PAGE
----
Park fire protection: new management plan doesn't spell it out


New plan

Before and after the fire: At left, an image of Ormiston Gorge in the new park management plan. 

At right: The same area last Sunday.

It took the government 28 hours and 49 minutes to tell us where we can find the current West MacDonnells management plan but when they did, it was well worth a read.
In fact it was positively prophetic.
Under the heading “Managing threats” it says: “Large wildfires are the greatest threat to the Park.
“There have been two major wildfire events in the past 20 years that may have been very damaging to the park’s wildlife.
“Today, park staff work together with Traditional Owners, combining traditional and scientific fire management practices.
“Prescribed burning plays an important role and is used to keep ecosystems healthy, aid traditional hunting and protect the country from damaging hot wildfire, which can occur after big rainfall years due to increased fuel loads.
“Buffel grass is a major threat, mainly through increased fire frequency and intensity from greater fuel loads,” says the plan.
“The extent of infestation and ecological impact varies throughout the Park.The highest concentrations occur along watercourses and areas frequented by visitors, feral animals and stock.
“Couch grass is also a significant threat that increases fuel loads in most river systems.”
The section within the plan dealing with fire is a slim 434 words and couched in rather general language, drawing on traditional owner input: “Fire is important to manage country. We might say ok to burn that area, ‘cause we need fresh grass to grow.”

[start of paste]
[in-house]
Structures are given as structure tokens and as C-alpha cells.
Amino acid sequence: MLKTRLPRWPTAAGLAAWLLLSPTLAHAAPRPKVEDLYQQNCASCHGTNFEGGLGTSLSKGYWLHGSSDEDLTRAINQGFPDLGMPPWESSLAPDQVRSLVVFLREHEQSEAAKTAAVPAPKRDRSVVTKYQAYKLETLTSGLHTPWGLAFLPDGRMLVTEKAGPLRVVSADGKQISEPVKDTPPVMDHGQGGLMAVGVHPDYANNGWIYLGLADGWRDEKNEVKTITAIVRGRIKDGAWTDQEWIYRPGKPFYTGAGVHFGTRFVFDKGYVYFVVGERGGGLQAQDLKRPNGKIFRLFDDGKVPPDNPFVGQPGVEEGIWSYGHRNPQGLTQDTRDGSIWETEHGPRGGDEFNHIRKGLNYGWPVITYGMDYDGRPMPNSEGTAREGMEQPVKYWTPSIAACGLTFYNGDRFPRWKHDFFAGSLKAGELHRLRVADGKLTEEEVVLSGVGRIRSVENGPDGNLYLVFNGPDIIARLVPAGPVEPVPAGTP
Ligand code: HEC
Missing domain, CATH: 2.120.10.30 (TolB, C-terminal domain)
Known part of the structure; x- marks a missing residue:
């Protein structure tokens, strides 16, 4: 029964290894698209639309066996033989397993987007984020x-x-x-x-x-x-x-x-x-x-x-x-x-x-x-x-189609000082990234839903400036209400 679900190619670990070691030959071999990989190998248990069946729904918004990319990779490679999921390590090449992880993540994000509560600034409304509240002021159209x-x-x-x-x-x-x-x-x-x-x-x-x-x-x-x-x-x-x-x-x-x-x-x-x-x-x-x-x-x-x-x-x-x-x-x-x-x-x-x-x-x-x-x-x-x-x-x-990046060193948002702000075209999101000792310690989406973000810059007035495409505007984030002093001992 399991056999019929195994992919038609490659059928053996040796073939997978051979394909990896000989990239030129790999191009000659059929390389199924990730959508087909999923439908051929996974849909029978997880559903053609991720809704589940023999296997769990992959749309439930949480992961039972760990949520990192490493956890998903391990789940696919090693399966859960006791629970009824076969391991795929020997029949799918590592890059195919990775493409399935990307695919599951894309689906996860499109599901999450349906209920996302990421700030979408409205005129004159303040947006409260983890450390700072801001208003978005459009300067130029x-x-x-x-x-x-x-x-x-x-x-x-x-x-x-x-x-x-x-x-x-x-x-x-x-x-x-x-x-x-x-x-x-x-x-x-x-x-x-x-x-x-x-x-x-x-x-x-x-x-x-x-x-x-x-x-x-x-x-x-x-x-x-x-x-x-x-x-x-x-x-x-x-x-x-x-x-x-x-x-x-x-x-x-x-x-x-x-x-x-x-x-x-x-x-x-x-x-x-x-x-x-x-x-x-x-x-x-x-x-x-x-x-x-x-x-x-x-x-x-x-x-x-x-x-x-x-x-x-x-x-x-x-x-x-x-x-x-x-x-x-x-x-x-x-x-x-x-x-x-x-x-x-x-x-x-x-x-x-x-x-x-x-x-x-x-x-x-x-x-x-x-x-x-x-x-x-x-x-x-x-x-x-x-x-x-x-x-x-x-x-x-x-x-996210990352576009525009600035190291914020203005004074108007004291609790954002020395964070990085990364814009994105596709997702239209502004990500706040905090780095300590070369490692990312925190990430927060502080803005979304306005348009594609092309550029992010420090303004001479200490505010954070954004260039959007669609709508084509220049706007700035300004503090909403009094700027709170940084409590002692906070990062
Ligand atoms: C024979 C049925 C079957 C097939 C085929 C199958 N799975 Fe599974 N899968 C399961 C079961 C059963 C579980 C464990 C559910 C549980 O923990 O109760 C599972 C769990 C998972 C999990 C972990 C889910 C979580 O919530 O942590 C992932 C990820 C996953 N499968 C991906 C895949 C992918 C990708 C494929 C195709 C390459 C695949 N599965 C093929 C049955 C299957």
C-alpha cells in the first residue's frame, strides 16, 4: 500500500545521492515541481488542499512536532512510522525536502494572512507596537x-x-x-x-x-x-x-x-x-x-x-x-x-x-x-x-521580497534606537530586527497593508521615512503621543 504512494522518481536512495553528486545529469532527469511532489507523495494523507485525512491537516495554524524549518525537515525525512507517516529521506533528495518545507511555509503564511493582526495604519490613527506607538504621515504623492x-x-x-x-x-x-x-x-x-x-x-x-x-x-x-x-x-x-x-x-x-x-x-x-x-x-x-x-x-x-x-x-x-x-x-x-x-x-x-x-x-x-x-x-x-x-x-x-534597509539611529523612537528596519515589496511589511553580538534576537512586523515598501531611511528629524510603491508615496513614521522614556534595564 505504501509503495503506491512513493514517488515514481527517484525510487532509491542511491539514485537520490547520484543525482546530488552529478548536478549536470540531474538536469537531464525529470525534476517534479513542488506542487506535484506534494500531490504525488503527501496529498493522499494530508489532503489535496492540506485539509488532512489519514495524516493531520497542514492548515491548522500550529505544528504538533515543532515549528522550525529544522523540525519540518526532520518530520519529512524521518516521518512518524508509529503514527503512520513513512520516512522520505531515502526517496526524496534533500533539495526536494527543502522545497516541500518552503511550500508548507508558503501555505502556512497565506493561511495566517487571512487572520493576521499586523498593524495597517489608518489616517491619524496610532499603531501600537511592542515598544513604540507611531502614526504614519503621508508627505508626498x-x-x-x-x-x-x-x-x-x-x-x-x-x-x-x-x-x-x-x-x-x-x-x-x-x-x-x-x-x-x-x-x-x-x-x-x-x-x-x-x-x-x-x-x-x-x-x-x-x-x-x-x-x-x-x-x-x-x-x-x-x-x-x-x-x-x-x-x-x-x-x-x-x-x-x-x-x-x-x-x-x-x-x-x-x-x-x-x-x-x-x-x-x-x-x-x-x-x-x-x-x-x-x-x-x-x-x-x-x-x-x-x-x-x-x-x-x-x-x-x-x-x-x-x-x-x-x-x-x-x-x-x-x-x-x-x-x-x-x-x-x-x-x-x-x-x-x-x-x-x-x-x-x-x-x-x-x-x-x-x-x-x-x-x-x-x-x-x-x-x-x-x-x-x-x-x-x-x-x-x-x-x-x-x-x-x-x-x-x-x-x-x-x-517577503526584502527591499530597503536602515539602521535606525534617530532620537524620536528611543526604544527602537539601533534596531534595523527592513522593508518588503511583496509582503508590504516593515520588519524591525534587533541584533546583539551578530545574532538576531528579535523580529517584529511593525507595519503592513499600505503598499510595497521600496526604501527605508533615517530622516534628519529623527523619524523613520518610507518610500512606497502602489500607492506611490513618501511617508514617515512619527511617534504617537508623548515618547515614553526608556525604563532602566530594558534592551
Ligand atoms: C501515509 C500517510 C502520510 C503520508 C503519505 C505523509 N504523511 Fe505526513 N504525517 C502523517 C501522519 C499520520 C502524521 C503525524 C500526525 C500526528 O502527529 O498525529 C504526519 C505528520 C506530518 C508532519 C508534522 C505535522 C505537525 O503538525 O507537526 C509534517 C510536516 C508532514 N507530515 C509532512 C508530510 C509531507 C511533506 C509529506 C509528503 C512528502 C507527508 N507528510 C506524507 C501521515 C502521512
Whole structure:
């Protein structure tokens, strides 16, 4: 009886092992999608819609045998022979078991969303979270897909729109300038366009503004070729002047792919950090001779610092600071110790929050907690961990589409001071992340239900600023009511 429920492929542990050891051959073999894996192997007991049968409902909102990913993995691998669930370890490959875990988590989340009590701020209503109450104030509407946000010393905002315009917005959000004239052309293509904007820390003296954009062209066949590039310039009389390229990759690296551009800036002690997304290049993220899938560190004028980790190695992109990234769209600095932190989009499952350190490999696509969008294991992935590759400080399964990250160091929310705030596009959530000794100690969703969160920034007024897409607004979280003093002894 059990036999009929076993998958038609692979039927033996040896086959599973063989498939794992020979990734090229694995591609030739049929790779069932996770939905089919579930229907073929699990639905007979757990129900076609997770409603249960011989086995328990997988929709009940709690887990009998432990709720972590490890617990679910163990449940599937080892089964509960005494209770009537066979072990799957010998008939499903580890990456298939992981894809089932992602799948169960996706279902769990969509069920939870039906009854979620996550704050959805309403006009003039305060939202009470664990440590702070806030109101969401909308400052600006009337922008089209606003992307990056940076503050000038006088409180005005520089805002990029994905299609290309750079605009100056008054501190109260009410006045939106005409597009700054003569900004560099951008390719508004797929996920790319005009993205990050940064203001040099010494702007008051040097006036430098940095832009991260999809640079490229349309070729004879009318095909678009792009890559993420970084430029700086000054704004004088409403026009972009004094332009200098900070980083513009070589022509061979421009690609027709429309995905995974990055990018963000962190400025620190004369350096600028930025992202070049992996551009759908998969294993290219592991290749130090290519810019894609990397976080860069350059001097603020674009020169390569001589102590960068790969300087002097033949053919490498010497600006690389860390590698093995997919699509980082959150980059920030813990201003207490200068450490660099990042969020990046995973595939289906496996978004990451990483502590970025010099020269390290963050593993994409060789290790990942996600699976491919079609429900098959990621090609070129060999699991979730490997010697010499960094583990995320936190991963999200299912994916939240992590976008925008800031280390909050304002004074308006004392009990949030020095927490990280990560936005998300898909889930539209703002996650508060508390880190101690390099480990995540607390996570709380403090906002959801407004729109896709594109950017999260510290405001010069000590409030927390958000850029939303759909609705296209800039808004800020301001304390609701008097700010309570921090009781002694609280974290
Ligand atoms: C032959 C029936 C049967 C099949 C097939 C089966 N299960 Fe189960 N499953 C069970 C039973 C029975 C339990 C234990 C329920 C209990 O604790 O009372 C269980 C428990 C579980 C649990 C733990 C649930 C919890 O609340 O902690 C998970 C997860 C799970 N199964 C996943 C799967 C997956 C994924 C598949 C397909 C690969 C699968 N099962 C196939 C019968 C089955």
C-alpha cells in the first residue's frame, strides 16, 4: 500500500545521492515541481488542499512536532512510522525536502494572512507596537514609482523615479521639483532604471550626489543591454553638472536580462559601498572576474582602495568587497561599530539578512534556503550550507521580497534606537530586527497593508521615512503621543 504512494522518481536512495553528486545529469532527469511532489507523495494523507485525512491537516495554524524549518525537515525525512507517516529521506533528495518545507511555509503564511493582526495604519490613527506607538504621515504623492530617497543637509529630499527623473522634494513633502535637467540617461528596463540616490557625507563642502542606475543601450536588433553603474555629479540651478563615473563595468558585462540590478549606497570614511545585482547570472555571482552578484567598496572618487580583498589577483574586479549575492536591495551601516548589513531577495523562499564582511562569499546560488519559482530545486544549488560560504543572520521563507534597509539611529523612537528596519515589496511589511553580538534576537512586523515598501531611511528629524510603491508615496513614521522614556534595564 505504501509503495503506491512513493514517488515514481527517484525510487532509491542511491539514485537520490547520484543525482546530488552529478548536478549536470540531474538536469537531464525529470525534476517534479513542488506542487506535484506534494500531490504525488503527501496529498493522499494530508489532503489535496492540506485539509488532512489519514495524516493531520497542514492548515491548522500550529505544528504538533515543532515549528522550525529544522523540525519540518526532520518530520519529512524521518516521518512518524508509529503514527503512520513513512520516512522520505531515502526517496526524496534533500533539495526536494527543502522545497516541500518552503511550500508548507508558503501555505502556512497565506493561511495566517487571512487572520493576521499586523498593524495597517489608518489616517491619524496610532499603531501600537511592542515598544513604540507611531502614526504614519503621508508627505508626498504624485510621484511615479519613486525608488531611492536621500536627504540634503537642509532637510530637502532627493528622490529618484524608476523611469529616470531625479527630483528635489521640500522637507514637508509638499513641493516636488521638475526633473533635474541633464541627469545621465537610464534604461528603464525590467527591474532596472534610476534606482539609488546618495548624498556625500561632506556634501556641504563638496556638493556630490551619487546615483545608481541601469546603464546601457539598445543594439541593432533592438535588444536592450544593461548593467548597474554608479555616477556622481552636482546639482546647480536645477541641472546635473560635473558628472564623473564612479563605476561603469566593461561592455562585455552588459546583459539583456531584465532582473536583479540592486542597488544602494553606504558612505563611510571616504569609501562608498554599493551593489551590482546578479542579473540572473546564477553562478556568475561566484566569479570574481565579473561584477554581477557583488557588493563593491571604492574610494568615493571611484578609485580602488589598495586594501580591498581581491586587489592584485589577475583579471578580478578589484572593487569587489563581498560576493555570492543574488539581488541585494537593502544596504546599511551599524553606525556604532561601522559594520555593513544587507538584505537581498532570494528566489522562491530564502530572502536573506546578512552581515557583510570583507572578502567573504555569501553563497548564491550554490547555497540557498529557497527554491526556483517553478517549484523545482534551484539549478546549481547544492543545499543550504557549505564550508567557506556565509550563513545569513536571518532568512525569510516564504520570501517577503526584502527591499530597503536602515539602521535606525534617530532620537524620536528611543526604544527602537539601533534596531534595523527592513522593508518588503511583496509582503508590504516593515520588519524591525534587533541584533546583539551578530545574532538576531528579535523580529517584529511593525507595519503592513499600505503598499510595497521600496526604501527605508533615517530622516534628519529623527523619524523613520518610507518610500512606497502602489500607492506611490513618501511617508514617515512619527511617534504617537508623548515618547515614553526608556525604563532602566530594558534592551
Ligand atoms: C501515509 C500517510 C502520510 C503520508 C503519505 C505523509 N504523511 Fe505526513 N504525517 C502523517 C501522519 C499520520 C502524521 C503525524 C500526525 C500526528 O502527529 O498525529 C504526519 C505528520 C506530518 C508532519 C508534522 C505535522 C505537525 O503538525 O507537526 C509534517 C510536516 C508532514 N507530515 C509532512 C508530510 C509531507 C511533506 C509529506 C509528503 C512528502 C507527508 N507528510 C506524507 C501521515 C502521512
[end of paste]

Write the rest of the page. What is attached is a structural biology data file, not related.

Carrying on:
It’s a long shot from the prescriptive document from which we quoted in our report yesterday, the West MacDonnell (Tyurretye) National Park Draft Joint Management Plan 2011 – yes, 2011, setting out what should be done to prevent catastrophic fires.
Significantly, the revised Tjoritja / West MacDonnell National Park Joint Management Plan (the change from Tyurretye to Tjoritja was at the request of traditional owners, says a government spokeswoman) was tabled in the NT Legislative Assembly in June 2018.
It came into operation on October 24 last year and was gazetted on November 7.
That, of course was months after the cool weather when the precautionary burning should have been done to prevent or scale down the massive destruction last month.
The section dealing with fire in the new plan is spending much time on introduced animals, including “cattle, horses, camels, donkeys, cats, foxes, rabbits and European bees” causing “extensive environmental impacts” and “detract from visitor impressions of the Park and its management” entering “through breaches in boundary fences.
“It is imperative that the Park’s neighbours are included in land management programs,” says the plan.
“Involving Traditional Owners and applying their ecological knowledge is central to this Strategy and its implementation.”


  1. The worst thing about these kinds of documents and plans is that in a world of cut and paste they go on and on often returning to the original. No learning. No advancement.
    At least one and probably both of the major fire instances to which the document refers were started by prescribed burning!.
    I suspect this latest fire or at least its continuation is also very much down to prescribed burning practices! The Lesson: Prescribed burning puts our parks at much greater risk of wildfire”! And if those traditional owners could only see what their words have led to in practice, they would be utterly horrified!
    Time for an inquiry and a whole new plan, along with an extinction event for the original.

  2. Have a look at Central Australian Bushwalking Club facebook post of February 2, recommending as etiquette that bushwalkers carry lighters to set fire to other people’s left behind toilet paper. Unbelievable.


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